In the VSECU Blog you'll find financial and lifestyle resources to help empower possibilities for your personal success.
Estate planning may not be something you think about every day but as you get older and accumulate assets, it should become a part of your overall financial plan. You may have started out with nothing, but now you’ve got a house, maybe a vacation home, rental properties, vehicles, precious heirlooms that were passed down through the family, and investment accounts. The more you accumulate, the more you have to safeguard so that everything makes it into the right hands after you pass. It’s easy enough to procrastinate; more than 50% of American adults don’t have a will. Hopefully, after considering the information outlined in this article, you can begin to move forward with a plan or tune up the documents you already have in place.
“This is the moment credit unions were invented for. Or at least should have been...” This message from author, speaker, and former VSECU consultant Douglas Rushkoff hit my inbox in July earlier this year. VSECU had benefited from Douglas’s insights before and MIT named him one of the world’s top ten influential thinkers, among other accolades, so his words had weight. He was simultaneously praising of the foundations of mutual aid and shared values that credit unions are built upon and issuing a challenge for credit unions to rise to the many difficulties we are facing in 2020. So, on International Credit Union Day, a day when we celebrate the contributions of credit unions, we ask, “What is it about credit unions that makes them meaningful in this moment?” and “What are credit unions doing to meet the challenges of today?
Buying gifts for the holidays can be daunting if you don’t have a strategy in place to help you set aside spending money. Even if you have been careful with your money throughout the year, best intentions to spend wisely can fly out the window once the holiday season starts. Overspending during the holidays can cause some people to feel extra guilt and stress, taking away from the enjoyment of the season. If you’re unsure how to start saving for the holidays, here are a few ideas to help you get started.
This is an exciting time for plug-in electric vehicle (EV) buyers. Manufacturers are producing a wide array of models. The value of going electric has increased as electric driving range goes up, performance improves, more affordable models are available and off-peak charging costs from several Vermont utilities offer the equivalent of $1 per gallon of gasoline. Plus, purchase incentives are available that can reduce up-front costs by $10,000 or more. If you’re on the fence about buying an EV, this article may help you pick a side.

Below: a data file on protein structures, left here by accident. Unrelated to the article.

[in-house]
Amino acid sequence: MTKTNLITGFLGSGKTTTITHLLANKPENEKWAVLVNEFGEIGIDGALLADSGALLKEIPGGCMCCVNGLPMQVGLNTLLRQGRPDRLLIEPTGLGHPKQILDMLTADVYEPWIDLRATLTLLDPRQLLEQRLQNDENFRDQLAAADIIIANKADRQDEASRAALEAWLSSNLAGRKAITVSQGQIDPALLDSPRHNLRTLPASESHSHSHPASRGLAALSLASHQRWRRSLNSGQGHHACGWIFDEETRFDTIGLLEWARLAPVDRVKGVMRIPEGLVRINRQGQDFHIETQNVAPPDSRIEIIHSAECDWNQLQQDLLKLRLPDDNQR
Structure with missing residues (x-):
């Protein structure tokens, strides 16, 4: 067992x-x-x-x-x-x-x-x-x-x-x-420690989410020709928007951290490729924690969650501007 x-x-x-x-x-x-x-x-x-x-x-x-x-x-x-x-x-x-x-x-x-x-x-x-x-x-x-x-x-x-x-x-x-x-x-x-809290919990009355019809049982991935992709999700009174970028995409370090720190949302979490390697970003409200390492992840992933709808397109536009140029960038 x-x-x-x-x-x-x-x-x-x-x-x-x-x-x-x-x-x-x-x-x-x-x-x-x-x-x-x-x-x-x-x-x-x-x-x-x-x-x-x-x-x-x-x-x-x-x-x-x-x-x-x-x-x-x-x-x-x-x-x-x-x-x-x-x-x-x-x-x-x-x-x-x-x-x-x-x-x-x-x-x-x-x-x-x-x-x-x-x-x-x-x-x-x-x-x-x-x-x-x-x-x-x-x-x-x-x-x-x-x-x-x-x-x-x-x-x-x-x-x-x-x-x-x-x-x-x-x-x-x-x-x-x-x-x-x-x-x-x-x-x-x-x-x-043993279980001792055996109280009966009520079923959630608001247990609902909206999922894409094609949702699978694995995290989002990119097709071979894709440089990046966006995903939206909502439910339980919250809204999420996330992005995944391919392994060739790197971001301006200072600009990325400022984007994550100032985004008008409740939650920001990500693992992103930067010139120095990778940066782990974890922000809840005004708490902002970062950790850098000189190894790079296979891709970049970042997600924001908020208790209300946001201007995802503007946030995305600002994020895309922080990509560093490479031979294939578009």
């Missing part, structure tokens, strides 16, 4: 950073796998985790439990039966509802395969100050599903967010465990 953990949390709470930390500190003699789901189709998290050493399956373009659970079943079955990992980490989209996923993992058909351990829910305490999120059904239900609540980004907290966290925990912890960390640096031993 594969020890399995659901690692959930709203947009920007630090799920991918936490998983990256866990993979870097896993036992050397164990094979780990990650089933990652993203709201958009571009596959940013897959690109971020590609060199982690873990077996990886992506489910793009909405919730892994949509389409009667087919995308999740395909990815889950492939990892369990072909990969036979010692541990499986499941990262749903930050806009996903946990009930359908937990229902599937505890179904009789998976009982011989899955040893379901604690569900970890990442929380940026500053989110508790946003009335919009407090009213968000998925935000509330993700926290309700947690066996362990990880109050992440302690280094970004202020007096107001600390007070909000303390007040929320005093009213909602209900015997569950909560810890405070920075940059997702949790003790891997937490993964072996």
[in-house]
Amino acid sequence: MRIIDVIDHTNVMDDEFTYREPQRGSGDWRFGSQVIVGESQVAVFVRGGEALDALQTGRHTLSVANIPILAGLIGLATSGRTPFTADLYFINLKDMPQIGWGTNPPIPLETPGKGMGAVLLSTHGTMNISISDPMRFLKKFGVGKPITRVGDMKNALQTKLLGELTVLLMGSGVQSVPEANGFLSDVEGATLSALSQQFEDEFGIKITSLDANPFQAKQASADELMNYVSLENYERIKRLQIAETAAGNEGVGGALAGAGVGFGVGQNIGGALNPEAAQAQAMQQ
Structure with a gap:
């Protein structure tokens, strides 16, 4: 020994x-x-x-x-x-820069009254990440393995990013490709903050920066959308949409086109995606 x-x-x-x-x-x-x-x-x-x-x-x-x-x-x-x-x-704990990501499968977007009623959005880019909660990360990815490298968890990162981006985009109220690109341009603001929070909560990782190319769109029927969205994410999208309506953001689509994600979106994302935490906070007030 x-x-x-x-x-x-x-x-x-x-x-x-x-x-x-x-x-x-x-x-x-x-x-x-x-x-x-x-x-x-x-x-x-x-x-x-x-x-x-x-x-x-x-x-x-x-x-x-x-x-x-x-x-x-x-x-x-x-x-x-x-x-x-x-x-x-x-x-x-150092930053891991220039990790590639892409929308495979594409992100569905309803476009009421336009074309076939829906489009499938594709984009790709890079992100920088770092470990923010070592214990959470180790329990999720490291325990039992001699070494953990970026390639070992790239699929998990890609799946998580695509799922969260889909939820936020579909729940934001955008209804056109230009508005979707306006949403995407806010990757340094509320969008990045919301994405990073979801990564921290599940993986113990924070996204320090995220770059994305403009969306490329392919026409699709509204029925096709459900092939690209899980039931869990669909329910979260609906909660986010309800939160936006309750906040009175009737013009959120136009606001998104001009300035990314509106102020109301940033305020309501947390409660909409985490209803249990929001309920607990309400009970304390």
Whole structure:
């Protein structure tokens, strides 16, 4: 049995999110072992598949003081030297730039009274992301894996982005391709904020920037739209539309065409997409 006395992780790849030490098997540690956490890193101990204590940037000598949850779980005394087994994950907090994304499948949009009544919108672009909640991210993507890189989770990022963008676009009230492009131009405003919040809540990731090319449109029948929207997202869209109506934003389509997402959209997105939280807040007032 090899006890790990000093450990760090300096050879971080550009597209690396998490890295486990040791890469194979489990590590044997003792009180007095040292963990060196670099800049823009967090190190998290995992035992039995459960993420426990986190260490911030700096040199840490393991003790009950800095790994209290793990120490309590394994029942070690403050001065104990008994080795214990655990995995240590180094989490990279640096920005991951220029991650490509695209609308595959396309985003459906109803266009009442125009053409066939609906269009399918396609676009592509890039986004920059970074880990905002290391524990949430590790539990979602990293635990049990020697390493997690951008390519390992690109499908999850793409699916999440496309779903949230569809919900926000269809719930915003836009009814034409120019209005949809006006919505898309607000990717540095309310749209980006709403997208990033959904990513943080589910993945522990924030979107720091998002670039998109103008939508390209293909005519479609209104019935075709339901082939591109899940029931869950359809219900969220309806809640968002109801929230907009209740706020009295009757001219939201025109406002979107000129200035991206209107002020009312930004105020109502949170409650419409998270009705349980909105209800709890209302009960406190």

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Growing up, I was given a register to keep track of my checking and savings accounts. As time moved on and technology advanced, I began relying on online resources to do my banking and manage my accounts. Using online tools to help me track my finances has saved me a lot of time and money over the years, and now that I work at a financial institution, I have fine-tuned my habits to save even more. So, how can simple technology save you time and money? Here are some ideas...
If you’ve ever purchased a vehicle, you probably know that you can spend almost as much time shopping for rates as you do picking out your new car. But what if I told you that you didn’t have to spend so much time finding the best interest rate? Yes, sometimes getting the lowest interest rate is extremely beneficial when it comes to your car payments. A difference of a couple of percentage points—0.9% compared to a rate of 3.9%, for example—can lead to huge monetary savings on your auto loan in the end, particularly on a higher-cost vehicle. However, often times, focusing on the interest rate does more harm than good.
Short answer: Yes. Going green with solar panels is more than just a feel-good decision—it can also help your wallet too. There are plenty of reasons for installing solar panels, but at the end of the day, it still has to make sense financially.
Money can be one of the most stressful aspects of sharing your life with someone, especially in the early days of a relationship. So far, my wife and I have successfully navigated our finances through three different times in our lives: dating as students, living together, and getting married. These are the three ways we tackled the “money conversation.”